I am making a scatter plot in matplotlib and need to change the background of the actual plot to black. I know how to change the face color of the plot using:

fig = plt.figure()
fig.patch.set_facecolor('xkcd:mint green')

enter image description here

My issue is that this changes the color of the space around the plot. How to I change the actual background color of the plot?

  • 13
    Just FYI, in addition to what @Evert said, you could just use ax.patch.set_facecolor('black') (where ax is the axes instance). fig.patch is the figure background and ax.patch is the axes background. Dec 30, 2012 at 18:50
  • mint green is possibly the worst color you can choose for a background. I love it :D
    – Aku
    May 10, 2022 at 22:54

9 Answers 9


Use the set_facecolor(color) method of the axes object, which you've created one of the following ways:

  • You created a figure and axis/es together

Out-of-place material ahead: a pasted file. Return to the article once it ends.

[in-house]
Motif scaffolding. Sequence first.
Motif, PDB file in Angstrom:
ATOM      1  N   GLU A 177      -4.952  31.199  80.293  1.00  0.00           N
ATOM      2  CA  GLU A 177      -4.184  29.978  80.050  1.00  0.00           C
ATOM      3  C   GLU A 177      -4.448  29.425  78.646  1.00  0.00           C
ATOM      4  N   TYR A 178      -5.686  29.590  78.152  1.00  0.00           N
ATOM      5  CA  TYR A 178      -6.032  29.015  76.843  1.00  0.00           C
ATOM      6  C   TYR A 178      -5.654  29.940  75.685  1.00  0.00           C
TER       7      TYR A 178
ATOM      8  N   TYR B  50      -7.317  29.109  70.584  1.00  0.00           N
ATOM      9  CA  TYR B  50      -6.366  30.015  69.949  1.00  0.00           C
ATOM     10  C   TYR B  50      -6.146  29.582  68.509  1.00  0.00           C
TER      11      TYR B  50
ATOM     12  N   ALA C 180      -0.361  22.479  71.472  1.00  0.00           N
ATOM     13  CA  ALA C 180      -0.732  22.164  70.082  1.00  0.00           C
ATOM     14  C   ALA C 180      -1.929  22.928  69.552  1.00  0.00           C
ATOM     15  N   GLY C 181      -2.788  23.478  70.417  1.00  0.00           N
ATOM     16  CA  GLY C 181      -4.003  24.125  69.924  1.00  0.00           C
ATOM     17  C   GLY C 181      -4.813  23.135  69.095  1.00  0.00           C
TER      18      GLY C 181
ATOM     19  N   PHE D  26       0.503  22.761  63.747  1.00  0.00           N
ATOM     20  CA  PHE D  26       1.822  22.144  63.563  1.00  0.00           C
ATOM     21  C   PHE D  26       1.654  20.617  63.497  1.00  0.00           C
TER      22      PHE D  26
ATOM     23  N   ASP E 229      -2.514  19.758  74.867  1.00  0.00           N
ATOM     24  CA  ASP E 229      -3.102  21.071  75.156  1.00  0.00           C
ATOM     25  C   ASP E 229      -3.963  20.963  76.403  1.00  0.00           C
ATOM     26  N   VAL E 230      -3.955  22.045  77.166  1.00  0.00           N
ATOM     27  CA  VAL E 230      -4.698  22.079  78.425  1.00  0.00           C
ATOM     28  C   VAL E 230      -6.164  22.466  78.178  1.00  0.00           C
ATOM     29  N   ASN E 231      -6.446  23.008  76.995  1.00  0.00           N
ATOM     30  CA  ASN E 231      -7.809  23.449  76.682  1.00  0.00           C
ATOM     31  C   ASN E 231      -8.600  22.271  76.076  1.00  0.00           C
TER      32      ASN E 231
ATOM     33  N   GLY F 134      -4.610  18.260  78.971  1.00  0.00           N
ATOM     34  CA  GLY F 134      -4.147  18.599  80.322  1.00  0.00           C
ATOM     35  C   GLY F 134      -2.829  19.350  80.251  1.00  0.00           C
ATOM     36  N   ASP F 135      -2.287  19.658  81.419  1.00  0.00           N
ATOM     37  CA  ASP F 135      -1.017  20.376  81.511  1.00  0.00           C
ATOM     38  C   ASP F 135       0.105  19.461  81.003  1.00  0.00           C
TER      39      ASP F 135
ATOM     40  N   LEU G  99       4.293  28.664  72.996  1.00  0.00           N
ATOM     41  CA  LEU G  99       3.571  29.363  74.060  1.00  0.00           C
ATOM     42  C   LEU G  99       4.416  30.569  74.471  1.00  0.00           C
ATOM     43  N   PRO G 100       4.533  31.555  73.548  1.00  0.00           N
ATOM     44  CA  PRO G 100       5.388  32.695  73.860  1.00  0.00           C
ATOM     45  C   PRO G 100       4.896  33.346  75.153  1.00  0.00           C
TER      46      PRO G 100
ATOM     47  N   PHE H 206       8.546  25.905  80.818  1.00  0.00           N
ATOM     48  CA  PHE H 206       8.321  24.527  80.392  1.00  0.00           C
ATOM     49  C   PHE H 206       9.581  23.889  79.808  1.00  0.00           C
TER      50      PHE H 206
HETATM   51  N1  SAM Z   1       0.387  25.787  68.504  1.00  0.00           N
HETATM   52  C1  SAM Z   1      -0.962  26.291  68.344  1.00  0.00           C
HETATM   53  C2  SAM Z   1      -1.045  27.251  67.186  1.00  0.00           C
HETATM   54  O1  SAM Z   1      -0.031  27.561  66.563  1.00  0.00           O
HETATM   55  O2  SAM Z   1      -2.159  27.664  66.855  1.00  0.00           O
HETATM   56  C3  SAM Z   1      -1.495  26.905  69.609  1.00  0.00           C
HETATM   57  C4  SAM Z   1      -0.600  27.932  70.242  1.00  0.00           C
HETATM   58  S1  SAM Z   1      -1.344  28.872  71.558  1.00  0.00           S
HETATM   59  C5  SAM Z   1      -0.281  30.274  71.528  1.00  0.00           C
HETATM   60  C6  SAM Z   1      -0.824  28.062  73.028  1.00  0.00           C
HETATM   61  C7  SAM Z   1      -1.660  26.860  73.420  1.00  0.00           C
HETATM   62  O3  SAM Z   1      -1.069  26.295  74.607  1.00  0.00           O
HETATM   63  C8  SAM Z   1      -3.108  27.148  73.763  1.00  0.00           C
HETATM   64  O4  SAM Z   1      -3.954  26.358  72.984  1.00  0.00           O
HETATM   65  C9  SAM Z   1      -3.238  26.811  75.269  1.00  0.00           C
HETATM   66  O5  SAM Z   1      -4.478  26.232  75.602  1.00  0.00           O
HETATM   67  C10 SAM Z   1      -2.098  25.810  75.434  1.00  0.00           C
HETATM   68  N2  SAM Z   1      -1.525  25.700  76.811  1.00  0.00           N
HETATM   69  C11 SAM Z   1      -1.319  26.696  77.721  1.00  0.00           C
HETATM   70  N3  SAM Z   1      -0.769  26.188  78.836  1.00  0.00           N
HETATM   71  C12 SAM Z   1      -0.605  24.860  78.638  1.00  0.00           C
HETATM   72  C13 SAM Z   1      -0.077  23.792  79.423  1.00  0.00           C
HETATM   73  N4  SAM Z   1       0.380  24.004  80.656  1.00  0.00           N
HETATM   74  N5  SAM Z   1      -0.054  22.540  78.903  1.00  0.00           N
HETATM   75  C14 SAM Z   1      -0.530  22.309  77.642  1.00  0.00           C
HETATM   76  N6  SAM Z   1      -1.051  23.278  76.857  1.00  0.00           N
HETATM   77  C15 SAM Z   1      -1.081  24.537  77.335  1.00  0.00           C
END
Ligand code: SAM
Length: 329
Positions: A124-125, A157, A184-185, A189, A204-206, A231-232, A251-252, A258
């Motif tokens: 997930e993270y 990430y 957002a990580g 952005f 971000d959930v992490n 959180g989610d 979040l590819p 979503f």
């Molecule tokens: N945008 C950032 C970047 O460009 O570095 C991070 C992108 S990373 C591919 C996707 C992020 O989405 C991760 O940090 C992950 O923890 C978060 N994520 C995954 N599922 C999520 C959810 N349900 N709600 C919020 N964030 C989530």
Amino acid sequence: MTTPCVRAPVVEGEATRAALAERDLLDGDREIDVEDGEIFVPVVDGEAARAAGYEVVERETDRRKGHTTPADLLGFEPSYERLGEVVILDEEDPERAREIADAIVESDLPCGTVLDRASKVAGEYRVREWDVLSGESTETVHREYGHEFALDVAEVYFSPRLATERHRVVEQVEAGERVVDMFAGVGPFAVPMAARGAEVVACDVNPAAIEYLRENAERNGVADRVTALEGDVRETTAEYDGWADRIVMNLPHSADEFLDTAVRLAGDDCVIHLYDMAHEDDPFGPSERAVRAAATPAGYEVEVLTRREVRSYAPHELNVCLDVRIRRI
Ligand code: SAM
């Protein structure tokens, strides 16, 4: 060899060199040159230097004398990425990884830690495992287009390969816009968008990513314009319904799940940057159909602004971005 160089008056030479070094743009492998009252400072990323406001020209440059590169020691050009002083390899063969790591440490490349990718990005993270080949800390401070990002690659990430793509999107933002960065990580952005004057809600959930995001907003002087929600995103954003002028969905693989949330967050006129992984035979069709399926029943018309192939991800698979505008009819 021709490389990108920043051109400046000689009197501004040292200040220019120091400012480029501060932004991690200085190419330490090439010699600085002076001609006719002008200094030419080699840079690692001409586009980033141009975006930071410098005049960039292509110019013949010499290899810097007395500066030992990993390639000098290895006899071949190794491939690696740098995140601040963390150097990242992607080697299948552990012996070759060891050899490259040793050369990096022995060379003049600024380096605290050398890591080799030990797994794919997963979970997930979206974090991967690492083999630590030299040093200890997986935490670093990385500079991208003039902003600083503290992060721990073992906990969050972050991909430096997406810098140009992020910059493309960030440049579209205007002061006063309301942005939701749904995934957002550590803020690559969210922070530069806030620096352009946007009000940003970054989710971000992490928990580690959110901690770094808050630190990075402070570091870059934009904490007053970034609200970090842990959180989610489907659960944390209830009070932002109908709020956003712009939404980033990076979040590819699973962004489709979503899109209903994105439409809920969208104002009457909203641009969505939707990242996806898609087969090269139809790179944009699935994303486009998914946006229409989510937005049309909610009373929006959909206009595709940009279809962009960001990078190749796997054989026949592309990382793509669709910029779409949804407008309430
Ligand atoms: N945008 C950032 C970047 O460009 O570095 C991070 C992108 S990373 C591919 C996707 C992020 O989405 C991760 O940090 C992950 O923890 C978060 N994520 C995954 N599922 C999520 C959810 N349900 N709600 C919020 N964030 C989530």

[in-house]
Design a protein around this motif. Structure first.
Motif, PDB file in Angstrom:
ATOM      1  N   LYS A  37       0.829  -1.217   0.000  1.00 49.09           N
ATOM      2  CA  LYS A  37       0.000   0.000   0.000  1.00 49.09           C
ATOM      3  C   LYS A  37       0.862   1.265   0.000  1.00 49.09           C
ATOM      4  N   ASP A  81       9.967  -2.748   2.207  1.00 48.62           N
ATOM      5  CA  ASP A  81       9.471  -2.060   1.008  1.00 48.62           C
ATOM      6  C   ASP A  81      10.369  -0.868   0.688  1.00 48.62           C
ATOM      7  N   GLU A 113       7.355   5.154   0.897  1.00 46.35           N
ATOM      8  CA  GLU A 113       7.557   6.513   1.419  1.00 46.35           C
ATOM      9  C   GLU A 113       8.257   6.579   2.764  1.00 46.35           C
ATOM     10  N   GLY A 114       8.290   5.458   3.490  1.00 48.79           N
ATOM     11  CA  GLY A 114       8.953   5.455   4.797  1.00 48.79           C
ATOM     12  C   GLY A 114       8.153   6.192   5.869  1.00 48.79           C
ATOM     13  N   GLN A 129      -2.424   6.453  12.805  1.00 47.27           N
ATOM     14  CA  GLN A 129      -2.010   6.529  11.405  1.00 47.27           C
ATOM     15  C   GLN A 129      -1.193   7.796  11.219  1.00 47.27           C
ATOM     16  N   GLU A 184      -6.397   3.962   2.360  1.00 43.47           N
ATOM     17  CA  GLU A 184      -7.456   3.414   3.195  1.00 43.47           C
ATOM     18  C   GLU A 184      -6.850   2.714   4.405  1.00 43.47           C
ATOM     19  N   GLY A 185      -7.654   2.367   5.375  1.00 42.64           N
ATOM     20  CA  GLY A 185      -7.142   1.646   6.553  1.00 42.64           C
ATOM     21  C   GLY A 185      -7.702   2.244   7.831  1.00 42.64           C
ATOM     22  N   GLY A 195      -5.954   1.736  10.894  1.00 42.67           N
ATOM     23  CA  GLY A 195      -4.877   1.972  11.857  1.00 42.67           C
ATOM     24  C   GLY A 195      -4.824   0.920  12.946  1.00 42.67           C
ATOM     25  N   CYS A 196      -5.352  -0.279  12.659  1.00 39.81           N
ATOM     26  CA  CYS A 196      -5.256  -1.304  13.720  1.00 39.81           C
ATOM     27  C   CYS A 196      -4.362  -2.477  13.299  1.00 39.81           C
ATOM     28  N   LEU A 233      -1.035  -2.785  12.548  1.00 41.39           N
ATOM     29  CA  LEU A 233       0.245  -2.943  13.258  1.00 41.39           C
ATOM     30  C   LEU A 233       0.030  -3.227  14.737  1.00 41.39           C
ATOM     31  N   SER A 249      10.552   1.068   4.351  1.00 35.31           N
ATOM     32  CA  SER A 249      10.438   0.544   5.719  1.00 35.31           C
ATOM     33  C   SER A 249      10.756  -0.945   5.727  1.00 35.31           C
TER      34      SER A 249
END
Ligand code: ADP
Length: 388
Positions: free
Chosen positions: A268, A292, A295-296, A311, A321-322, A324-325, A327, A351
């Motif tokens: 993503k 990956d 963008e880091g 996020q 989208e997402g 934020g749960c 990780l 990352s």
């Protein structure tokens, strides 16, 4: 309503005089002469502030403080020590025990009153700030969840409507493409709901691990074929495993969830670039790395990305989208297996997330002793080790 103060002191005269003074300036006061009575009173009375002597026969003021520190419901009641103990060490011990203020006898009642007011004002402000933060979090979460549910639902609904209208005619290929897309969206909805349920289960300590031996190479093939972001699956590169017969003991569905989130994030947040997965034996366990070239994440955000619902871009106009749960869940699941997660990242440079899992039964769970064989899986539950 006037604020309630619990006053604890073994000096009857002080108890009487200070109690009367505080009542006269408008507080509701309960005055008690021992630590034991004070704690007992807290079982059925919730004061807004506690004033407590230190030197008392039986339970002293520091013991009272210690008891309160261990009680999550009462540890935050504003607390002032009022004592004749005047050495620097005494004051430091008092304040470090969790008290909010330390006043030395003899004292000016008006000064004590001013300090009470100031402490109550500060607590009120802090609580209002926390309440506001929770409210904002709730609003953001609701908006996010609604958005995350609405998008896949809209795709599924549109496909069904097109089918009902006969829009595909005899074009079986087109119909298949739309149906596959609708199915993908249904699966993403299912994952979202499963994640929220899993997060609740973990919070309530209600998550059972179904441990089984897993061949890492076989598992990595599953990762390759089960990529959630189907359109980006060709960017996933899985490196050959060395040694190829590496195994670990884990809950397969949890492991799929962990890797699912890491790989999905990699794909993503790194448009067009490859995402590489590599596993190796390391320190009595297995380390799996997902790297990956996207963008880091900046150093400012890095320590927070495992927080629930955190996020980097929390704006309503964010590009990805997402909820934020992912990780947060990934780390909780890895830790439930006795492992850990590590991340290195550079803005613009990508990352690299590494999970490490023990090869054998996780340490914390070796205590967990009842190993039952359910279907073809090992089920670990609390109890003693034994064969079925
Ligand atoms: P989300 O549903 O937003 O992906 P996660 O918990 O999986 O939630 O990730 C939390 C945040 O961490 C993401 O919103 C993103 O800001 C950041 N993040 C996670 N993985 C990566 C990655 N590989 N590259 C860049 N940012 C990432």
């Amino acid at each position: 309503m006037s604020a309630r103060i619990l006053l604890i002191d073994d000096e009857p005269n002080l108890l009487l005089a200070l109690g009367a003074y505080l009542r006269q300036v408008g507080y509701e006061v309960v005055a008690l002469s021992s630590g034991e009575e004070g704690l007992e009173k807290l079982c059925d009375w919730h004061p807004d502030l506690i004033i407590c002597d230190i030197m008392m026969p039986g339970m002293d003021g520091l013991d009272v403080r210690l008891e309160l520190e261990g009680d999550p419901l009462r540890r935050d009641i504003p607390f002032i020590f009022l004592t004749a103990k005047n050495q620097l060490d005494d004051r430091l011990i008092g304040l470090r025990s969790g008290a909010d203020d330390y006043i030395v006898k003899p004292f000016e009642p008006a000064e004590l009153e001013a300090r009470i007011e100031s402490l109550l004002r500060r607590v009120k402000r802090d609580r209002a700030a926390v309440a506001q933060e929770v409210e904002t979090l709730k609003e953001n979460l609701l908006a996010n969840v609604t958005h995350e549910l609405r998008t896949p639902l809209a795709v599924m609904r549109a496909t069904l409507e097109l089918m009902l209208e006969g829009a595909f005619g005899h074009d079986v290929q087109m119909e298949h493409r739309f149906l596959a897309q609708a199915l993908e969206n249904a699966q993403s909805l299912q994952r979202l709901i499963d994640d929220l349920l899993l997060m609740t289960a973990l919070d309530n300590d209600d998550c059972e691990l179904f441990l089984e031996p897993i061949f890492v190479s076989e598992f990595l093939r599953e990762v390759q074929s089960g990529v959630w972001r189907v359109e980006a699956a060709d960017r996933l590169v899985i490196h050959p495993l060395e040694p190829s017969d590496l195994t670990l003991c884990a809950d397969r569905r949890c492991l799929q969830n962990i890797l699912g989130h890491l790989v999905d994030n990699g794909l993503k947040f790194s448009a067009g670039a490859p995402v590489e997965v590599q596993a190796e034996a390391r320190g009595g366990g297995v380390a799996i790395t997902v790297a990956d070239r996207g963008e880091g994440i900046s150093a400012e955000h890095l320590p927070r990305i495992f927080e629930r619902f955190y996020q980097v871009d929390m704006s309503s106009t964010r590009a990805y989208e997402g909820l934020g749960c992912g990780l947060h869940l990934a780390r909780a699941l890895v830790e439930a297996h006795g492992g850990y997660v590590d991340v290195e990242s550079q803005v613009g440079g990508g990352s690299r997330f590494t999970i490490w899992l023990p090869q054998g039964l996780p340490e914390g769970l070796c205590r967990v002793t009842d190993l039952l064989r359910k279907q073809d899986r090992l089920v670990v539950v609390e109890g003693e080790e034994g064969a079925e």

fig, ax = plt.subplots(nrows=1, ncols=1)
  • You created a figure, then axis/es later

    fig = plt.figure()
    ax = fig.add_subplot(1, 1, 1) # nrows, ncols, index
  • You used the stateful API (if you're doing anything more than a few lines, and especially if you have multiple plots, the object-oriented methods above make life easier because you can refer to specific figures, plot on certain axes, and customize either)

    ax = plt.gca()

Then you can use set_facecolor:

ax.set_facecolor((1.0, 0.47, 0.42))

example plot with pink background on the axes

As a refresher for what colors can be:


Matplotlib recognizes the following formats to specify a color:

  • an RGB or RGBA tuple of float values in [0, 1] (e.g., (0.1, 0.2, 0.5) or (0.1, 0.2, 0.5, 0.3));
  • a hex RGB or RGBA string (e.g., '#0F0F0F' or '#0F0F0F0F');
  • a string representation of a float value in [0, 1] inclusive for gray level (e.g., '0.5');
  • one of {'b', 'g', 'r', 'c', 'm', 'y', 'k', 'w'};
  • a X11/CSS4 color name;
  • a name from the xkcd color survey; prefixed with 'xkcd:' (e.g., 'xkcd:sky blue');
  • one of {'tab:blue', 'tab:orange', 'tab:green', 'tab:red', 'tab:purple', 'tab:brown', 'tab:pink', 'tab:gray', 'tab:olive', 'tab:cyan'} which are the Tableau Colors from the ‘T10’ categorical palette (which is the default color cycle);